First Patient Dosed in Phase I Study of Prothena's Therapeutic Antibody for Treatment of AL Amyloidosis
DUBLIN, Ireland, April 23, 2013 (GLOBE NEWSWIRE) -- Prothena Corporation plc (Nasdaq:PRTA), a clinical stage biotechnology company focused on the discovery and development of novel antibodies for the potential treatment of a broad range of diseases, today announced the successful first patient dosing in a Phase 1 clinical trial of its antibody therapeutic candidate, NEOD001. The study will evaluate the safety and tolerability of NEOD001 in patients with AL amyloidosis.
NEOD001 is a monoclonal antibody that targets AL and AA amyloid for the potential treatment of amyloidoses, diseases in which misfolded proteins accumulate in the body's organs, causing progressive damage to affected organs and untimely death in many patients.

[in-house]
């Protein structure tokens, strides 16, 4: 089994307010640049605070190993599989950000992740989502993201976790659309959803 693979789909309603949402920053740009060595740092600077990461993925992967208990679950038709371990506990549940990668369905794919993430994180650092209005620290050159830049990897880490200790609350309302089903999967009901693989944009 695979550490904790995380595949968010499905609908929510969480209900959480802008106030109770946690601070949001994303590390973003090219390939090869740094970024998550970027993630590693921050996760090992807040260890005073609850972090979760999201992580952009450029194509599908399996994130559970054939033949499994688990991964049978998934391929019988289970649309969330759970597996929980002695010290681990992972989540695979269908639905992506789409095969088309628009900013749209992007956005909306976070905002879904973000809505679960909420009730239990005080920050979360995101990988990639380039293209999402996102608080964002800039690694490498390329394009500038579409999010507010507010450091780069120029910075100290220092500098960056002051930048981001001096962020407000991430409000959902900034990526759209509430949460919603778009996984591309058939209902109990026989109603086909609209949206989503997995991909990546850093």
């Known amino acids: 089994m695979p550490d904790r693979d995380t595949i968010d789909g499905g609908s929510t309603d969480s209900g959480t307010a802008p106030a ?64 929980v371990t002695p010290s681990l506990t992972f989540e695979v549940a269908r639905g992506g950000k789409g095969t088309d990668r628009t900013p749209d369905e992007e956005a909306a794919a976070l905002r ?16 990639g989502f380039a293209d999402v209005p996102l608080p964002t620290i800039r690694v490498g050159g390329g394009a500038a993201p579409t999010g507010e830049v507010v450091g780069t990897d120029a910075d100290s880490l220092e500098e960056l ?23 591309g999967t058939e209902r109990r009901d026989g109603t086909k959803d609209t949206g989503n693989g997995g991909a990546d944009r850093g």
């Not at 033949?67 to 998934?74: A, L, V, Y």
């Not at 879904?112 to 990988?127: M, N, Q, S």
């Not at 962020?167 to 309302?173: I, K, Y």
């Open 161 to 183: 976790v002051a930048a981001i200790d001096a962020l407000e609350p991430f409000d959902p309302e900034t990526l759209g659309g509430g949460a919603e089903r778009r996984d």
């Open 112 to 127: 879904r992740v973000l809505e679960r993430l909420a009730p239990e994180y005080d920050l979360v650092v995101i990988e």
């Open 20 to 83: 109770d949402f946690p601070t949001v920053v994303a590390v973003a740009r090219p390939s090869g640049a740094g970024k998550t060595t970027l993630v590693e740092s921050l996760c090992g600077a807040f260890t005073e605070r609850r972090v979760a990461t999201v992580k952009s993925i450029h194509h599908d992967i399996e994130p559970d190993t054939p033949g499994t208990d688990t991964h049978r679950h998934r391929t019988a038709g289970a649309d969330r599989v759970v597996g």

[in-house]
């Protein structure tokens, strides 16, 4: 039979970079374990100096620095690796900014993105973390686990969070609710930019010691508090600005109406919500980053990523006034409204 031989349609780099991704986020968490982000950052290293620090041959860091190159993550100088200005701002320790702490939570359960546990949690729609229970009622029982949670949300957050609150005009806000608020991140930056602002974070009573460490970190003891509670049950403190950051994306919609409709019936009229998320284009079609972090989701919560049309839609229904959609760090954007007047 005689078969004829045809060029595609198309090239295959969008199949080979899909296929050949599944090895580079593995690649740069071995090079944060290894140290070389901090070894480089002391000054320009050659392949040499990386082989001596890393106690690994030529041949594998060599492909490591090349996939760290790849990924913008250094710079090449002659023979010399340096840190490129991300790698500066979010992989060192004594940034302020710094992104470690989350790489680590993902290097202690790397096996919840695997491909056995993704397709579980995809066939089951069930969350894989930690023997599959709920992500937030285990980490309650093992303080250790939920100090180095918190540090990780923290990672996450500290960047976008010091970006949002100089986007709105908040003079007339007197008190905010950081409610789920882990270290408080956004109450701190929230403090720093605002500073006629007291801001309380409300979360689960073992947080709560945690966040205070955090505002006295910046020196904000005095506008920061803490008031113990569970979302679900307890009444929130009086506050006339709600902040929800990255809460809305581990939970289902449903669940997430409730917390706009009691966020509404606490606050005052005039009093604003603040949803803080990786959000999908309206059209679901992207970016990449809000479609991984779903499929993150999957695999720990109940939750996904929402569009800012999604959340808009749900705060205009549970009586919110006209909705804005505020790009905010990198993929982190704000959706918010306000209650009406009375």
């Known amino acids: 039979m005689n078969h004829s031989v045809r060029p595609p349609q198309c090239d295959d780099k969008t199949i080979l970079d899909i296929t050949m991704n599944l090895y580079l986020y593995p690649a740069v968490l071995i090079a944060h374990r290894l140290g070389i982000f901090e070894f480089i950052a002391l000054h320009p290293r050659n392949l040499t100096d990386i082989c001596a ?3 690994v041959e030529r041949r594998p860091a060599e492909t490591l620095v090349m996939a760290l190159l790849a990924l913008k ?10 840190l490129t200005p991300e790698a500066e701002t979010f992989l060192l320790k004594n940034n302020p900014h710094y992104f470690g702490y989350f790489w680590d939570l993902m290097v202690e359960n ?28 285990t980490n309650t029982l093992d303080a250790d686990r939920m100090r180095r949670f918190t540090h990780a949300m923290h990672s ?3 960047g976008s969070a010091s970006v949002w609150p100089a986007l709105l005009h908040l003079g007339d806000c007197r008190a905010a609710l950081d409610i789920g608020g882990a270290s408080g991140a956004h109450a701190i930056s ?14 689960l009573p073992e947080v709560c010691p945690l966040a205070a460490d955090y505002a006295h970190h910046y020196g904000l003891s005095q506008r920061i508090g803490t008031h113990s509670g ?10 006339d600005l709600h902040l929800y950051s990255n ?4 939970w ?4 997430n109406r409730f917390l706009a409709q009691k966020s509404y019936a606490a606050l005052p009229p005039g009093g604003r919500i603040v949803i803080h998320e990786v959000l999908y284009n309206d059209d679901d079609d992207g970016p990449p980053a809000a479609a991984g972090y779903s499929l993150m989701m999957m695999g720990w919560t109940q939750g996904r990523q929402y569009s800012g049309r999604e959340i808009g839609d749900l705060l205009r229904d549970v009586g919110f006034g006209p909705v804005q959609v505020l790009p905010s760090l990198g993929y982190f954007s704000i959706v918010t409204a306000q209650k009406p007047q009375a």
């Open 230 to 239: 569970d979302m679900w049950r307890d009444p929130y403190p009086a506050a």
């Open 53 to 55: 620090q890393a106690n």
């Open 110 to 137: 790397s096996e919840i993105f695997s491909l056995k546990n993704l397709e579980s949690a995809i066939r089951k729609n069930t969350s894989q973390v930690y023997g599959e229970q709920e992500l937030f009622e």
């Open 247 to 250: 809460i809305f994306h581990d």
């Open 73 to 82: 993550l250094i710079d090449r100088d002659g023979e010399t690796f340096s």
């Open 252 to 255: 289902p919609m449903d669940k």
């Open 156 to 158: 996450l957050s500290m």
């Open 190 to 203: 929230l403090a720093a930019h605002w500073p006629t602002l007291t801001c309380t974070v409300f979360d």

"We are pleased to initiate this Phase 1 clinical trial for NEOD001 and advance our research pipeline into the clinic," said Dale Schenk, PhD, President and Chief Executive Officer of Prothena. "Our preclinical experience to date with NEOD001 has indicated its potential in this disease area, where limited treatment options exist for patients suffering with amyloidosis. If proven to be safe and effective in clinical trials, our approach has the potential to provide a novel therapy for this orphan disease with significant unmet medical need."
In 2012, NEOD001 was granted orphan drug designation for both AL and AA amyloidoses by the U.S. Food and Drug Administration (FDA), and in 2013, NEOD001 was granted orphan designation by the European Medicines Agency for the treatment of AL amyloidosis, the most common form of systemic amyloidosis. There are no currently approved treatments for AL amyloidosis that directly target the potentially toxic forms of the misfolded AL protein. Today, patients are typically treated by attempting to reduce the source of the amyloid-causing proteins.